Wednesday, October 27, 2010
Fossil of the Week
10/27/10 – Moa Pelvis
The moa are a group of extinct flightless birds found only in New Zealand. They belong to the ratites, a group of flightless birds including living members on four continents: the emu (Australia), the ostrich (Africa), the kiwi (New Zealand), the cassowary (Australia and New Guinea), and the rhea (South America). The moa, however, are distinctive from all other known ratites, and in fact all other birds, in lacking wings entirely.
There were probably ten to fifteen species of moa upon the Earth. The number of species names, however, exceeds the actual number of species because the two sexes were often mistakenly named separately, principally because females were significantly larger than males. Moa lived in a wide range of areas from the coasts to the mountains of New Zealand and ranged significantly in size, the largest being around 2 meters (6.5 feet) at the hip. Preserved gizzard contents consisted mainly of tree material, suggesting that they lived in forests. Most known moa specimens are subfossils rather than true fossils (still consisting of bone, not rock), and there are even some dried and one mummified specimens known, allowing paleontologists the opportunity to extract DNA for some species.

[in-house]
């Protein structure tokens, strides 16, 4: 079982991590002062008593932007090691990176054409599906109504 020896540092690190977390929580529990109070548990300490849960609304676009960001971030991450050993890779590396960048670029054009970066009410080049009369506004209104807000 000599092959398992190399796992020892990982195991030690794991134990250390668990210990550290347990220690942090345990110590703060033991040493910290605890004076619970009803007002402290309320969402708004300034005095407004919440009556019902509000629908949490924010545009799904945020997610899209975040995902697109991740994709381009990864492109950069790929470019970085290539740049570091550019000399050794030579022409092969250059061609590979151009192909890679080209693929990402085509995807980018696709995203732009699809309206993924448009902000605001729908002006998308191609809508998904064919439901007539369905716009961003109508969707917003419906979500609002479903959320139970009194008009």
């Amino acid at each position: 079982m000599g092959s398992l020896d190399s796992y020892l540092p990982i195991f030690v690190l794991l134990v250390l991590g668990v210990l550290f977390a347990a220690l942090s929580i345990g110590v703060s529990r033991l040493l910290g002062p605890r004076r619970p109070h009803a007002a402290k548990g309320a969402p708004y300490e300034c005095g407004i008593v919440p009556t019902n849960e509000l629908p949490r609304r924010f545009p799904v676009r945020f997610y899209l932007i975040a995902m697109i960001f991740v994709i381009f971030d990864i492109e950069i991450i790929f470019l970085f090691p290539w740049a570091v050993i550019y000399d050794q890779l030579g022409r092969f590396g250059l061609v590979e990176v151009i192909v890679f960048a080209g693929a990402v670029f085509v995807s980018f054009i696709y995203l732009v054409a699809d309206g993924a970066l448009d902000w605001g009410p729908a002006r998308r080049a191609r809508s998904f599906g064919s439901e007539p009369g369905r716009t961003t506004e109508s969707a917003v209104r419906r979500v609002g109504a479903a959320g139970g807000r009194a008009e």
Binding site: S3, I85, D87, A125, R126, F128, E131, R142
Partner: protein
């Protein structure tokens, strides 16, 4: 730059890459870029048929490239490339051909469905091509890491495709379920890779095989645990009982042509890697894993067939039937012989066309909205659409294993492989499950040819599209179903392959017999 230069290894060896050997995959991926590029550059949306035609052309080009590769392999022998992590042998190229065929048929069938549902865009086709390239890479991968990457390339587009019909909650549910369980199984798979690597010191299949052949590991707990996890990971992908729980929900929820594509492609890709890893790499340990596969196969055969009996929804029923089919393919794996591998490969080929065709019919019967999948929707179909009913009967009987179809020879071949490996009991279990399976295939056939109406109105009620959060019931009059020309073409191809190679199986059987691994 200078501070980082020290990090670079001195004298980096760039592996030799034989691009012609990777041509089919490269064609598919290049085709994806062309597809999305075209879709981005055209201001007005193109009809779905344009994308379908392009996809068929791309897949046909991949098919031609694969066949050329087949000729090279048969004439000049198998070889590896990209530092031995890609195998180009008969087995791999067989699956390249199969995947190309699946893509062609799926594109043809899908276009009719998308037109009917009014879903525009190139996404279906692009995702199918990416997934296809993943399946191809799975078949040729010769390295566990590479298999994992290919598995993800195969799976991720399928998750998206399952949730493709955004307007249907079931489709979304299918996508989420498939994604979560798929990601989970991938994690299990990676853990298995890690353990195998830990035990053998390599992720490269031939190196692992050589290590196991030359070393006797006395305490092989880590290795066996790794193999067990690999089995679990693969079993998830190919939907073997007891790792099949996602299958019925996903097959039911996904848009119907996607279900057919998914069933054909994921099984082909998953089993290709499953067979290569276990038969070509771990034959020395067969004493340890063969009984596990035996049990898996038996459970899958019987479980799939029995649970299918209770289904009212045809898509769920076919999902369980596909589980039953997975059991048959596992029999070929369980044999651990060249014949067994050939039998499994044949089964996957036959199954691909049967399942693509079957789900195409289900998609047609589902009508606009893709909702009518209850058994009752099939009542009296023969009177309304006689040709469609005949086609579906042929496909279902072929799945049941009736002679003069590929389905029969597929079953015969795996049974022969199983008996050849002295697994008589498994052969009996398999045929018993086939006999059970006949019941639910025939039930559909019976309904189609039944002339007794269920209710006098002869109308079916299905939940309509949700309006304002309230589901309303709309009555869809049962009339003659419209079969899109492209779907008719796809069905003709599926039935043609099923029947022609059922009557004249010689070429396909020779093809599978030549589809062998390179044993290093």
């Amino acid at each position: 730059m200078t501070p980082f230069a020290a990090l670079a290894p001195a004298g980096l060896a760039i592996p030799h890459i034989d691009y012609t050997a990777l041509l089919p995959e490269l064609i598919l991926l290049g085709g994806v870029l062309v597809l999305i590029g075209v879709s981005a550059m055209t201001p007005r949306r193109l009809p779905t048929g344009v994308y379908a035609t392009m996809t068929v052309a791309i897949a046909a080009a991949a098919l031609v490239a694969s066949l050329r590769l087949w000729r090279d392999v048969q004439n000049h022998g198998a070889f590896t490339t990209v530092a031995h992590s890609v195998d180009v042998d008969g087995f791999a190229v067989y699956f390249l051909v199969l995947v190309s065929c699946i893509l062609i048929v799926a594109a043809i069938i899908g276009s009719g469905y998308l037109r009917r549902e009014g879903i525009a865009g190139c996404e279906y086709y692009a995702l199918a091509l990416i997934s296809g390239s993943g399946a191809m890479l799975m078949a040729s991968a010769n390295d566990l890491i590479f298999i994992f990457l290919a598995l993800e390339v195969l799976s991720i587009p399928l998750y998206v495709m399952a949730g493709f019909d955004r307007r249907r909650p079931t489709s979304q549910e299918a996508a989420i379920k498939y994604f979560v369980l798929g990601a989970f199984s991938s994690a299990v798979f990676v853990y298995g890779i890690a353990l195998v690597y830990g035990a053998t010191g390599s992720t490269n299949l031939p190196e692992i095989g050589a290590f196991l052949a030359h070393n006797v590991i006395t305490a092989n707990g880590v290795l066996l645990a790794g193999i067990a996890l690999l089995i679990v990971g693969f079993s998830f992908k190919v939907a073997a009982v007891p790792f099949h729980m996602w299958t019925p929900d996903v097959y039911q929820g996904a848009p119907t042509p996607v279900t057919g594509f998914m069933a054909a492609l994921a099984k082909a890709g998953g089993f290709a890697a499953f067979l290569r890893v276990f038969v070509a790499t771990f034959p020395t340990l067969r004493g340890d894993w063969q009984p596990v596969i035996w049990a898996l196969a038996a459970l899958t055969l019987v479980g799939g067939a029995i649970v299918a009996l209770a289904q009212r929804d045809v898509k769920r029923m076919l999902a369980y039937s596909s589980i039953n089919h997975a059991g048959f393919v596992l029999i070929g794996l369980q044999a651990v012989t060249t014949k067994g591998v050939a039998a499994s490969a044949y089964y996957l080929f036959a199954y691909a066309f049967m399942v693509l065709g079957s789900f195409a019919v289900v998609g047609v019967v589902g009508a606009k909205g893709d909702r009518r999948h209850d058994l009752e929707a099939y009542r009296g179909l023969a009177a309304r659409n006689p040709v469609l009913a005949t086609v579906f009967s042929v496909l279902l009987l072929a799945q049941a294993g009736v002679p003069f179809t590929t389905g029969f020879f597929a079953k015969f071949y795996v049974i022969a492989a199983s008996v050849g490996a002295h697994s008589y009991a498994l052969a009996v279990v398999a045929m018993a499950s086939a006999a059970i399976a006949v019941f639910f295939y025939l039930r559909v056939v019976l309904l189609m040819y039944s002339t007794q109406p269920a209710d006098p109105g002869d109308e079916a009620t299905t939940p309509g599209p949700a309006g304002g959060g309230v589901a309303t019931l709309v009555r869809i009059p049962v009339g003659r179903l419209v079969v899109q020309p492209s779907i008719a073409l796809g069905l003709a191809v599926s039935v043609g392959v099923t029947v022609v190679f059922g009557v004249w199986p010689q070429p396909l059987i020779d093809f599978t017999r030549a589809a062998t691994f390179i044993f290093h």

Moa became extinct at least 600 years ago due to human hunting. Prior to humans’ arrival on New Zealand, it is thought that their only predator was the enormous (and now also extinct) Haast’s Eagle. At least 40% of New Zealand’s endemic species have become extinct since humans arrived on the islands.
Pictured here is the extremely robust pelvis of a moa (Emeus crassus, PRI 50004-50005) viewed from the ventral side (the underside). The pelvis is a compound bone – a fused combination of several vertebrae, the ilium, ischium, and pubis bones. PRI has a large number of bones from this moa specimen and the skull, jaw, and one of the leg bones can be seen on display in the Museum of the Earth. Most moa bones are large, as they are necessary to support the immense weight of the bird, but the skull is significantly more fragile and a much rarer fossil find.
Text by Ursula Smith (reprinted from “Fossil Focus” in American Paleontologist, Fall 2010).